Cyclones of a somewhat different character occur closer to the Equator, generally forming in latitudes between 10° to 30° N and S over the oceans. They generally are known as tropical cyclones when their winds equal or exceed 74 miles (119 km) per hour. They are also known as hurricanes if they occur in the Atlantic Ocean and the Caribbean Sea, as typhoons in the western Pacific Ocean and the China Sea, and as cyclones off the coasts of Australia. These storms are of smaller diameter than the extratropical cyclones, ranging from 100 to 500 km (60 to 300 miles) in diameter, and are accompanied by winds that sometimes reach extreme violence. These storms are more fully described in the article tropical cyclone.

The life cycle of such an event is typically several days, during which the cyclone may travel from several hundred to a few thousand kilometres. In its path and wake occur dramatic weather changes. A typical sequence of weather possibly resulting from the approach and passage of a cyclone and its fronts through an area is depicted in the diagram. Shown in the occluded-front stage of the cyclogenesis diagram is a cross section of the clouds and precipitation that usually occur along line ab. Warm frontal weather is most frequently characterized by stratiform clouds, which ascend as the front approaches and potentially yield rain or snow. The passing of a warm front brings a rise in air temperature and clearing skies. The warmer air, however, may also harbour the ingredients for rain shower or thunderstorm formation, a condition that is enhanced as the cold front approaches.

Anticyclones
In anticyclones, the situation is reversed. Air at the center of an anticyclone is forced away from the high pressure that occurs there. That air is replaced in the center by a downward draft of air from higher altitudes. As this air moves downward, it is compressed and warmed.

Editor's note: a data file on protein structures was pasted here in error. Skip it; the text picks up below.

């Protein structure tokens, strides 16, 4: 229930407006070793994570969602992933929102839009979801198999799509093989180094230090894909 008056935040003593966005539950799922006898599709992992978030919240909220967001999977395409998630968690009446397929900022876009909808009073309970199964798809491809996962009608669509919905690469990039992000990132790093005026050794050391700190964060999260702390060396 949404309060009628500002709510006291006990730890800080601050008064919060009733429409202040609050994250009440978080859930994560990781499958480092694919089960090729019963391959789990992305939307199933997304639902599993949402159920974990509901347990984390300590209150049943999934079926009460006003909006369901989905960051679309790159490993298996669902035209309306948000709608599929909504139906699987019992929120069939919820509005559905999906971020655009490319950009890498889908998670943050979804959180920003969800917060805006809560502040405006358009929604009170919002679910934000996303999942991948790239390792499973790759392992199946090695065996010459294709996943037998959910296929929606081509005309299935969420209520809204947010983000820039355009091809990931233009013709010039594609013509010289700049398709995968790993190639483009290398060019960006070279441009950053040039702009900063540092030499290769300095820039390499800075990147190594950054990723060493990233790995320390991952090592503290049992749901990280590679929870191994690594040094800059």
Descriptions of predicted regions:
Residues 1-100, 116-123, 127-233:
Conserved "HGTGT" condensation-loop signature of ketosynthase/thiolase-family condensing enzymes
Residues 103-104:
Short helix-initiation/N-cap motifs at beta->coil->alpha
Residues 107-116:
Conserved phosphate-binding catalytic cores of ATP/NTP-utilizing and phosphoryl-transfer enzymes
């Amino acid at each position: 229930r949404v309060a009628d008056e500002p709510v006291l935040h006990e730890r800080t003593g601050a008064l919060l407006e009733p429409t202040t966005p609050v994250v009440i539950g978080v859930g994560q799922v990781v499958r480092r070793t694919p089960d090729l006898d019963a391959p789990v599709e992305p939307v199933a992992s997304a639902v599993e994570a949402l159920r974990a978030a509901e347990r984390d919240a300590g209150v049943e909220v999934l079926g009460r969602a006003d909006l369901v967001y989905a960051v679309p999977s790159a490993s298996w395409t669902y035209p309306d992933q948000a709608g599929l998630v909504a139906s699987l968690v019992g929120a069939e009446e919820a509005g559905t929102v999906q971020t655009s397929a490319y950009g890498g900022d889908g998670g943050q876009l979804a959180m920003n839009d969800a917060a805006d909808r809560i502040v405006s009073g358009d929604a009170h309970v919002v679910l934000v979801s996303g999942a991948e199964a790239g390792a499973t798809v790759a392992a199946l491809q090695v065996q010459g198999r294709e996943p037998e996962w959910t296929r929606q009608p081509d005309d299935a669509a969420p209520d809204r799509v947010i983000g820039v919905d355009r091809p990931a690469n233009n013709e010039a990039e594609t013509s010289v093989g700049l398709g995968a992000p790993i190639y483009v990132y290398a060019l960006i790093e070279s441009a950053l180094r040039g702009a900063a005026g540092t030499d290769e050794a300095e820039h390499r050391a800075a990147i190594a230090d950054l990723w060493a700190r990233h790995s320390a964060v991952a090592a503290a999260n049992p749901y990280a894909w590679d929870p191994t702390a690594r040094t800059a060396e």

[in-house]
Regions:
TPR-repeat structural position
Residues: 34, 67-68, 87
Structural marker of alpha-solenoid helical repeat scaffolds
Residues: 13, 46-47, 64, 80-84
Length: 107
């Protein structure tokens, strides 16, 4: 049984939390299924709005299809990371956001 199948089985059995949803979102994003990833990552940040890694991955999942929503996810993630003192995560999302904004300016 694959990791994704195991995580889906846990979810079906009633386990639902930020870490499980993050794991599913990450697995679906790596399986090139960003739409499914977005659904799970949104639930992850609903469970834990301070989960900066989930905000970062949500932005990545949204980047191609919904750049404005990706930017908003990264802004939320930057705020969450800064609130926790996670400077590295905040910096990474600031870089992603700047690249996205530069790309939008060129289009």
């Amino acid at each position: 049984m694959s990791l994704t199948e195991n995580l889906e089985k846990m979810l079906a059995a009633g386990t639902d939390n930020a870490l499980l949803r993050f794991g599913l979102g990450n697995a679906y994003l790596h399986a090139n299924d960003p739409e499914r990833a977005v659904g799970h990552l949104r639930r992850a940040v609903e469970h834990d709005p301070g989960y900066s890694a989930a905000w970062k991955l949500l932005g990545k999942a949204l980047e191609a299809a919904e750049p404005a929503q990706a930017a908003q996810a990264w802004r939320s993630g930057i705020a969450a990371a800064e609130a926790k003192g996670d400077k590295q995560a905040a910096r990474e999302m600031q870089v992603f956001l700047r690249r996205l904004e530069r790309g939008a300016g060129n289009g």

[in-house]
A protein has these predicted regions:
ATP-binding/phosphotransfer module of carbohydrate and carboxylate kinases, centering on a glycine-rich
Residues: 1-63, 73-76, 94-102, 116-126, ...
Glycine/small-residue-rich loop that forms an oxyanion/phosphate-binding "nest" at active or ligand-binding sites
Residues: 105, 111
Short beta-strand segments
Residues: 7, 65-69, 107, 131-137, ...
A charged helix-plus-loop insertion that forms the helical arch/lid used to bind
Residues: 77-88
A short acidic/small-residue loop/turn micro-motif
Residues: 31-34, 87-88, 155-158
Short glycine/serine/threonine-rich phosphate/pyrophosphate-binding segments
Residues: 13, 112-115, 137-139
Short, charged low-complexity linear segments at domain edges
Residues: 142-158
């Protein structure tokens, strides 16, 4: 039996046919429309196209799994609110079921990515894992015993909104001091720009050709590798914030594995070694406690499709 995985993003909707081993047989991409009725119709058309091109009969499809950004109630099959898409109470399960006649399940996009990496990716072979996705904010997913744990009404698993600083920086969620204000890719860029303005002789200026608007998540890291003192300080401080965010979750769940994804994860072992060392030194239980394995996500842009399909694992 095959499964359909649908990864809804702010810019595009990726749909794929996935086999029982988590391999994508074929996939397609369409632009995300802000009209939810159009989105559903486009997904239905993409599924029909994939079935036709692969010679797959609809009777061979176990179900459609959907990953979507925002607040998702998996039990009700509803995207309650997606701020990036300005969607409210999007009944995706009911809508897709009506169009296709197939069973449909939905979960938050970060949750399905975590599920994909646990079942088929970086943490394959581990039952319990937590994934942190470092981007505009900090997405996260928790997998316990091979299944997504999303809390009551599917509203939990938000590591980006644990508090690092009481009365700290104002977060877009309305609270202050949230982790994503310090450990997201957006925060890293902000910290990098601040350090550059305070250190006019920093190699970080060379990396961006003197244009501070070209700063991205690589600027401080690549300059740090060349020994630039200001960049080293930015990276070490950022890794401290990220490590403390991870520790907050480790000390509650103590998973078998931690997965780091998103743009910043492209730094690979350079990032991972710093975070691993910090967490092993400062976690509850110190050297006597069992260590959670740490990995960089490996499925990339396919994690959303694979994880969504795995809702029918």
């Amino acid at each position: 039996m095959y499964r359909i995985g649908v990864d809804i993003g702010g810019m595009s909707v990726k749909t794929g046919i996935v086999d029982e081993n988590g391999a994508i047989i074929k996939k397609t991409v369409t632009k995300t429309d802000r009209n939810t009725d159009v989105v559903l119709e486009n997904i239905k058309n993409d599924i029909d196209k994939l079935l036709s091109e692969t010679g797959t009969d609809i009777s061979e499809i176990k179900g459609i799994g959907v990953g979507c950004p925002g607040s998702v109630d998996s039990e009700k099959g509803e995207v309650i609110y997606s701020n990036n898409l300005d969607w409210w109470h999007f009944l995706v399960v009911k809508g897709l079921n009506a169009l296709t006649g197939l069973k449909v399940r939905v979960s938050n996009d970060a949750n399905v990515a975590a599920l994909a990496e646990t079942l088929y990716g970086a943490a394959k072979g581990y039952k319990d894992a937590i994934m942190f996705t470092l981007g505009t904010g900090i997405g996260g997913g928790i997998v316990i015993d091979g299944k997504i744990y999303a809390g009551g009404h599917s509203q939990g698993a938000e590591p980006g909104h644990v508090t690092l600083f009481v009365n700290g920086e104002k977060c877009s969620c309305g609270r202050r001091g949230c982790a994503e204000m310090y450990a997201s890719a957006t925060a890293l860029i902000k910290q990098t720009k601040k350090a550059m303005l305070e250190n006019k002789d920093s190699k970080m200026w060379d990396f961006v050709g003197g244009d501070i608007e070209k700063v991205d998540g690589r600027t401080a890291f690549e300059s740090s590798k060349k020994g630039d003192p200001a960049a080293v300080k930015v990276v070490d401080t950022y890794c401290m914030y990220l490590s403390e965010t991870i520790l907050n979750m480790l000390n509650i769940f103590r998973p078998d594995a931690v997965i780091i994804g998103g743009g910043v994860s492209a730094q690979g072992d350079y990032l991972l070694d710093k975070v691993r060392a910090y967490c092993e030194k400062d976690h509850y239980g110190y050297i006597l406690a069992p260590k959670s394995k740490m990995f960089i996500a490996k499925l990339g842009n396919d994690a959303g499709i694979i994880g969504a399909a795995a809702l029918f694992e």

While cyclones are typically regions of inclement weather, anticyclones are usually meteorologically quiet regions. Generally larger than cyclones, anticyclones exhibit persistent downward motions and yield dry stable air that may extend horizontally many hundreds of kilometres.

In most cases, an actively developing anticyclone forms over a ground location in the region of cold air behind a cyclone as it moves away. This anticyclone forms before the next cyclone advances into the area. Such an anticyclone is known as a cold anticyclone. A result of the downward air motion in an anticyclone, however, is compression of the descending air. As a consequence of this compression, the air is warmed. Thus, after a few days, the air composing the anticyclone at levels 2 to 5 km (1 to 3 miles) above the ground tends to increase in temperature, and the anticyclone is transformed into a warm anticyclone.

Warm anticyclones move slowly, and cyclones are diverted around their periphery. During their transformation from cold to warm status, anticyclones usually move out of the main belt followed by cyclones in middle latitudes and often amalgamate with the quasi-permanent bands of relatively high pressure found in both hemispheres around latitude 20° to 30°—the so-called subtropical anticyclones. On some occasions the warm anticyclones remain in the belt normally occupied by the mid-latitude westerly winds. The normal cyclone tracks are then considerably modified; atmospheric depressions (areas of low pressure) are either blocked in their eastward progress or diverted to the north or south of the anticyclone. Anticyclones that interrupt the normal circulation of the westerly wind in this way are called blocking anticyclones, or blocking highs. They frequently persist for a week or more, and the occurrence of a few such blocking anticyclones may dominate the character of a season. Blocking anticyclones are particularly common over Europe, the eastern Atlantic, and the Alaskan area.